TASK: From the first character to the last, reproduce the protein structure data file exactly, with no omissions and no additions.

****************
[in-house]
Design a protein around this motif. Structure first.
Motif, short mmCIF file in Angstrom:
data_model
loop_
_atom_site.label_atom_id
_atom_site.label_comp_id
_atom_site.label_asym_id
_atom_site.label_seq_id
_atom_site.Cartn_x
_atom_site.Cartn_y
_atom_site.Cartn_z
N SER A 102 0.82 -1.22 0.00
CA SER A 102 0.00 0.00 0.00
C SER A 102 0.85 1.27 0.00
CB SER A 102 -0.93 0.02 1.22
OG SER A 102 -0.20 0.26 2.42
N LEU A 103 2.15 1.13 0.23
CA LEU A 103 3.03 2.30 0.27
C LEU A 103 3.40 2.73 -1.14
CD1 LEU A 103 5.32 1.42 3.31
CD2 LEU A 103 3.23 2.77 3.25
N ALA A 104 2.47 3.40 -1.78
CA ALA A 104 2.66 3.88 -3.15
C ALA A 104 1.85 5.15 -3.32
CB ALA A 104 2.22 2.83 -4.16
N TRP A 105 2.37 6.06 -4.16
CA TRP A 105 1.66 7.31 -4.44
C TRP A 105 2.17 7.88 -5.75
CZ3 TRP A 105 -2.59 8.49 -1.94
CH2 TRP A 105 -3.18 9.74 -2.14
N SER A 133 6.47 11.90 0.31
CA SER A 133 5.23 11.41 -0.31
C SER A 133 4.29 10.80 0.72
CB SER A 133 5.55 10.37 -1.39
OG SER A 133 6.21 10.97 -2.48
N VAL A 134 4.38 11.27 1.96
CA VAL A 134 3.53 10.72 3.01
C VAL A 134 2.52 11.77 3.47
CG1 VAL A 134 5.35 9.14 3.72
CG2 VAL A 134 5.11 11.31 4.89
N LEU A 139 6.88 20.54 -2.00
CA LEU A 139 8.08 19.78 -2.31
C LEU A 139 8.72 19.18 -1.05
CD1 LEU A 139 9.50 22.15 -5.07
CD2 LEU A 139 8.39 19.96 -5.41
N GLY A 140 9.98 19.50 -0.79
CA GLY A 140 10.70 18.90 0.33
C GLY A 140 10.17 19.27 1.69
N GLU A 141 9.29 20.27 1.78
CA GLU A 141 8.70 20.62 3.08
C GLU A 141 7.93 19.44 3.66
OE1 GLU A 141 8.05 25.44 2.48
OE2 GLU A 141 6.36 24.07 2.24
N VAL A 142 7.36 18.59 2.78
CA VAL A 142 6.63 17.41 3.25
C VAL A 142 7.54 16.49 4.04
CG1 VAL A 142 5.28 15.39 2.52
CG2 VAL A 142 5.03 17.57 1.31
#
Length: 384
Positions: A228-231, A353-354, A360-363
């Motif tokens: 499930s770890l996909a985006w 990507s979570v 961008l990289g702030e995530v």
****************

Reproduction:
[in-house]
Design a protein around this motif. Structure first.
Motif, short mmCIF file in Angstrom:
data_model
loop_
_atom_site.label_atom_id
_atom_site.label_comp_id
_atom_site.label_asym_id
_atom_site.label_seq_id
_atom_site.Cartn_x
_atom_site.Cartn_y
_atom_site.Cartn_z
N SER A 102 0.82 -1.22 0.00
CA SER A 102 0.00 0.00 0.00
C SER A 102 0.85 1.27 0.00
CB SER A 102 -0.93 0.02 1.22
OG SER A 102 -0.20 0.26 2.42
N LEU A 103 2.15 1.13 0.23
CA LEU A 103 3.03 2.30 0.27
C LEU A 103 3.40 2.73 -1.14
CD1 LEU A 103 5.32 1.42 3.31
CD2 LEU A 103 3.23 2.77 3.25
N ALA A 104 2.47 3.40 -1.78
CA ALA A 104 2.66 3.88 -3.15
C ALA A 104 1.85 5.15 -3.32
CB ALA A 104 2.22 2.83 -4.16
N TRP A 105 2.37 6.06 -4.16
CA TRP A 105 1.66 7.31 -4.44
C TRP A 105 2.17 7.88 -5.75
CZ3 TRP A 105 -2.59 8.49 -1.94
CH2 TRP A 105 -3.18 9.74 -2.14
N SER A 133 6.47 11.90 0.31
CA SER A 133 5.23 11.41 -0.31
C SER A 133 4.29 10.80 0.72
CB SER A 133 5.55 10.37 -1.39
OG SER A 133 6.21 10.97 -2.48
N VAL A 134 4.38 11.27 1.96
CA VAL A 134 3.53 10.72 3.01
C VAL A 134 2.52 11.77 3.47
CG1 VAL A 134 5.35 9.14 3.72
CG2 VAL A 134 5.11 11.31 4.89
N LEU A 139 6.88 20.54 -2.00
CA LEU A 139 8.08 19.78 -2.31
C LEU A 139 8.72 19.18 -1.05
CD1 LEU A 139 9.50 22.15 -5.07
CD2 LEU A 139 8.39 19.96 -5.41
N GLY A 140 9.98 19.50 -0.79
CA GLY A 140 10.70 18.90 0.33
C GLY A 140 10.17 19.27 1.69
N GLU A 141 9.29 20.27 1.78
CA GLU A 141 8.70 20.62 3.08
C GLU A 141 7.93 19.44 3.66
OE1 GLU A 141 8.05 25.44 2.48
OE2 GLU A 141 6.36 24.07 2.24
N VAL A 142 7.36 18.59 2.78
CA VAL A 142 6.63 17.41 3.25
C VAL A 142 7.54 16.49 4.04
CG1 VAL A 142 5.28 15.39 2.52
CG2 VAL A 142 5.03 17.57 1.31
#
Length: 384
Positions: A228-231, A353-354, A360-363
């Motif tokens: 499930s770890l996909a985006w 990507s979570v 961008l990289g702030e995530v």